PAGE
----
Gear Guy

Should I get a tent or a tarp?

Tent versus tarp? Scott Gillette San Jose, California


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You’re a man of few words, Scott. But they’re profound words. Why, the Greeks wrote entire volumes-now lost in the mists of antiquity, of course-on this very topic. The Romans roamed throughout their vast empire in the hope of finding someone who could unravel this conundrum. They even coined a motto that has passed down to this day: “Tentum, tarpum, tormentum,” or, “We tented, we tarped, we got confused.” Later, mystics wandering the wilderness of the Dark Ages asked of passersby, “Tent…or tarp? Tent…or tarp?” But it was the Dark Ages, of course, so they were promptly killed with sharp sticks. And then came the Age of Enlightenment, when great philosophers such as Rene Descartes turned their powerful brains toward this dilemma. “Campito ergo tent,” was his famous line-“I camp, therefore I tent.” And that seemed to settle things for a number of years.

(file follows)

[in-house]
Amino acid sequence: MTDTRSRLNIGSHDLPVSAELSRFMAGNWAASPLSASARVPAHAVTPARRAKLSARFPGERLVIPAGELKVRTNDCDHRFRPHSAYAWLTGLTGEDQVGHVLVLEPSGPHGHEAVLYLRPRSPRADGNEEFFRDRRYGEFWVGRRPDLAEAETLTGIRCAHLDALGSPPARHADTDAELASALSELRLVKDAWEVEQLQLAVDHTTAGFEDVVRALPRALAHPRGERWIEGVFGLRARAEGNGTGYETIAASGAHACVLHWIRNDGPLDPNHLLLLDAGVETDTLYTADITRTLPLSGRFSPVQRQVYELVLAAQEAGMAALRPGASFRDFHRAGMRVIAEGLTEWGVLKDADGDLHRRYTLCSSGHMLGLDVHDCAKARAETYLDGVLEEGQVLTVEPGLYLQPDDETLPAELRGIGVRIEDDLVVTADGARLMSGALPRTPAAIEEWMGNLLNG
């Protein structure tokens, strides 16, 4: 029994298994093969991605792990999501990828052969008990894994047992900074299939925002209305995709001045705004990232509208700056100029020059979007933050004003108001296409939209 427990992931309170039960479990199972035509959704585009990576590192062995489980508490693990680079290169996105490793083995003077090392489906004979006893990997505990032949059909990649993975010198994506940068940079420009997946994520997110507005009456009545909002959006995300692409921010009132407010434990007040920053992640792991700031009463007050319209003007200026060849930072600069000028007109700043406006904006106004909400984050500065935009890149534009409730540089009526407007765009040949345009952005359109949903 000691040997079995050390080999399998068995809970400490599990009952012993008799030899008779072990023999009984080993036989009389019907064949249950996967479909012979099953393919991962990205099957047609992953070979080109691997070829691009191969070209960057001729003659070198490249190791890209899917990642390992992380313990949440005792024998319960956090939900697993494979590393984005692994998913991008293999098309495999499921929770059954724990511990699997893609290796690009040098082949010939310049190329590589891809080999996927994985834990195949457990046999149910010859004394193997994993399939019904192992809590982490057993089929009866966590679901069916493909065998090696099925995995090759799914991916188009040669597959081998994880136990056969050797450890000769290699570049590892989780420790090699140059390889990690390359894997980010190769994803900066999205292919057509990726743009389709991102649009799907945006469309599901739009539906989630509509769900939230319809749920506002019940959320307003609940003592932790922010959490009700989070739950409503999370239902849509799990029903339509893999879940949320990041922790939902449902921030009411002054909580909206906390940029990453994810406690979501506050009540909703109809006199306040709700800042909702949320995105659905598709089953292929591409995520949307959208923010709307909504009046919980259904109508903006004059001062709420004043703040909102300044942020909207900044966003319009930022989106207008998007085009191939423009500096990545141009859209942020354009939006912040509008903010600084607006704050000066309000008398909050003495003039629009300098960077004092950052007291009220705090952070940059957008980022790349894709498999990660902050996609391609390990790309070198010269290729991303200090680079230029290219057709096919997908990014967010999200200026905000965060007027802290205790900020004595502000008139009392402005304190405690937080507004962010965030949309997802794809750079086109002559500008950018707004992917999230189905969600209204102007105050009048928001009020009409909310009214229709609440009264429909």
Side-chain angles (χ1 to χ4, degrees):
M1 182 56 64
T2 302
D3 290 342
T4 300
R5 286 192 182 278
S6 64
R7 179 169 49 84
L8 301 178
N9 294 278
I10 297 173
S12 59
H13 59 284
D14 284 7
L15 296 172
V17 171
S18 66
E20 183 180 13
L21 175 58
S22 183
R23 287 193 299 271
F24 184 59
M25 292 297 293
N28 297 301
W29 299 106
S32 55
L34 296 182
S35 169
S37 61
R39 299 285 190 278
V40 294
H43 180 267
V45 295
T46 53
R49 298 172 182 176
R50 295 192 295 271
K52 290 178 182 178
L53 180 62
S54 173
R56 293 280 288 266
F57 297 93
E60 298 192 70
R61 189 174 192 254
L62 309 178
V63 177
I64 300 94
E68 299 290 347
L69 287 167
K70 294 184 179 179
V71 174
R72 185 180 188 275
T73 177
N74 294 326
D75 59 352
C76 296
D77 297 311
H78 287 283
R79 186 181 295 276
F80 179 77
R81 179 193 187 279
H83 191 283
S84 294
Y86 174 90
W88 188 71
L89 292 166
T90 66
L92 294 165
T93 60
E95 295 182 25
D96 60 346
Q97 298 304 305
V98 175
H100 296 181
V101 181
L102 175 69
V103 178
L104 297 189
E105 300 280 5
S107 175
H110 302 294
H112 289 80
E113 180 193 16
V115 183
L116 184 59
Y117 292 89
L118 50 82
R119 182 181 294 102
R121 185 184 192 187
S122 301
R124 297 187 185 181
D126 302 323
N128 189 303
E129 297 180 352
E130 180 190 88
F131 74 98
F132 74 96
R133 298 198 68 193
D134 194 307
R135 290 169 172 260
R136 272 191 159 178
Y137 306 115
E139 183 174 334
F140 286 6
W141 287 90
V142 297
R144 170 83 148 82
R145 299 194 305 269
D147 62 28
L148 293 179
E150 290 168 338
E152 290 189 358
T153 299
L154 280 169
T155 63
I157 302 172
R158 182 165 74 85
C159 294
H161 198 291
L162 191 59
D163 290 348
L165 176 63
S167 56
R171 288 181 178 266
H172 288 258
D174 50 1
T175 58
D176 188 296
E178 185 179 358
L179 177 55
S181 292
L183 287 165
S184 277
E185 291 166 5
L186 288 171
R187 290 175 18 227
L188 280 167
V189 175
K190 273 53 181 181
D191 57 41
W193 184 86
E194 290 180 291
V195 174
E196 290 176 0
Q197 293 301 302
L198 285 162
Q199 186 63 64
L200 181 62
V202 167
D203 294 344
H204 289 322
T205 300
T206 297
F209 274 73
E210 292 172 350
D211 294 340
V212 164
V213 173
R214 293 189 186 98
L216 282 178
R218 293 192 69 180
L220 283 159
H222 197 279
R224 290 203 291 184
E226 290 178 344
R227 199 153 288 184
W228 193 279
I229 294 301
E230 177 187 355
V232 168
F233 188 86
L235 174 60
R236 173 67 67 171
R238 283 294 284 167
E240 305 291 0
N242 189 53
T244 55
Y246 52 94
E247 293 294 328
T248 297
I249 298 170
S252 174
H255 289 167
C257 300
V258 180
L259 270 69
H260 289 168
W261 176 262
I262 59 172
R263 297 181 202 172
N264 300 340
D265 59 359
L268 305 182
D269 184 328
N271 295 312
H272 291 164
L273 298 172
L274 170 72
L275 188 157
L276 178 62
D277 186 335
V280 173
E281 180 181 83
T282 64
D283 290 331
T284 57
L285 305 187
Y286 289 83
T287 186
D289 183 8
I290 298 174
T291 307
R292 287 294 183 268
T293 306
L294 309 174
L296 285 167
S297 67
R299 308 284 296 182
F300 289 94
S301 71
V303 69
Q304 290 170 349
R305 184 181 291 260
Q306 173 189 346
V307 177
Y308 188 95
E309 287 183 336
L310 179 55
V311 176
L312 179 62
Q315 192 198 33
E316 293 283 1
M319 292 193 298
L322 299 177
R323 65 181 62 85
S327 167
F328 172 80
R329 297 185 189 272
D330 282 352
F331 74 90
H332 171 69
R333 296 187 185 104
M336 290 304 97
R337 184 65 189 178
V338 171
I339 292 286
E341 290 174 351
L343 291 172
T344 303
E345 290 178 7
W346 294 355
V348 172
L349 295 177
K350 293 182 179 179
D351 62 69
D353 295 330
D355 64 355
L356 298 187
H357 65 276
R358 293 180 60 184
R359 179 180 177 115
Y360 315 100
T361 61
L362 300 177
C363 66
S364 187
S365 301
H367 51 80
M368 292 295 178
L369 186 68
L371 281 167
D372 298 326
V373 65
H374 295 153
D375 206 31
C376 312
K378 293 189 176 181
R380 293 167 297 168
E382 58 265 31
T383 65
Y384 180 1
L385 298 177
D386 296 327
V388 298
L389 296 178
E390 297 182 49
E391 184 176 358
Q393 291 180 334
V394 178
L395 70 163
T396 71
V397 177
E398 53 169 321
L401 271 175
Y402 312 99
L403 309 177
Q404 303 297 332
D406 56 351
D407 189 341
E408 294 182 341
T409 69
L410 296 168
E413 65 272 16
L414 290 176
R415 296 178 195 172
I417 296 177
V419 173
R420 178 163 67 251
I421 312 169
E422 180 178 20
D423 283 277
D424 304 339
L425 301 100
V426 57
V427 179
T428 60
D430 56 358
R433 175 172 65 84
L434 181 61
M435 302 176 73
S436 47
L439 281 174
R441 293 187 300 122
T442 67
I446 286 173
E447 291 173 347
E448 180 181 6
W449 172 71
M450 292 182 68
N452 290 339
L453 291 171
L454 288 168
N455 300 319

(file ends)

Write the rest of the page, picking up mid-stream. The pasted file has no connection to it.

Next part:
Today, of course, technology has allows us to have it both ways-to tent, OR to tarp. But the way remains unclear at times. Myself, I’m a tent person. If I’m going to pack a shelter, I want it to be effective and reliable in all sorts of weather conditions. Tents have the advantage of a guaranteed dry floor, and walls that keep blowing rain out if the wind picks up. And a tent need not weigh a great deal-I often recommend the Sierra Designs Clip Flashlight ($189), a two-person tent (although better for one) that weighs under four pounds. GoLite’s Den 2 ($199), which sleeps two and weighs just three pounds, eight ounces, is a real lightweight option.

On the other hand, tarps weight even less. Moss’s Heptawing ($159) can cover up to three people yet weighs under two pounds. But then tarps only keep the rain off you when it’s falling from above. You’ll probably need a ground cover of some sort, in addition to the tarp. And tarps can be a little tricky to set up, though that also means they’re open to creative interpretations. And you can fit tarps into places were you can’t fit a tent.

So, for absolute minimum weight on a trip where rough, wet weather is apt to be the exception: Tarp. When reliable shelter is worth the extra two pounds: Tent. Thousands of years of debate are settled with these simple words.

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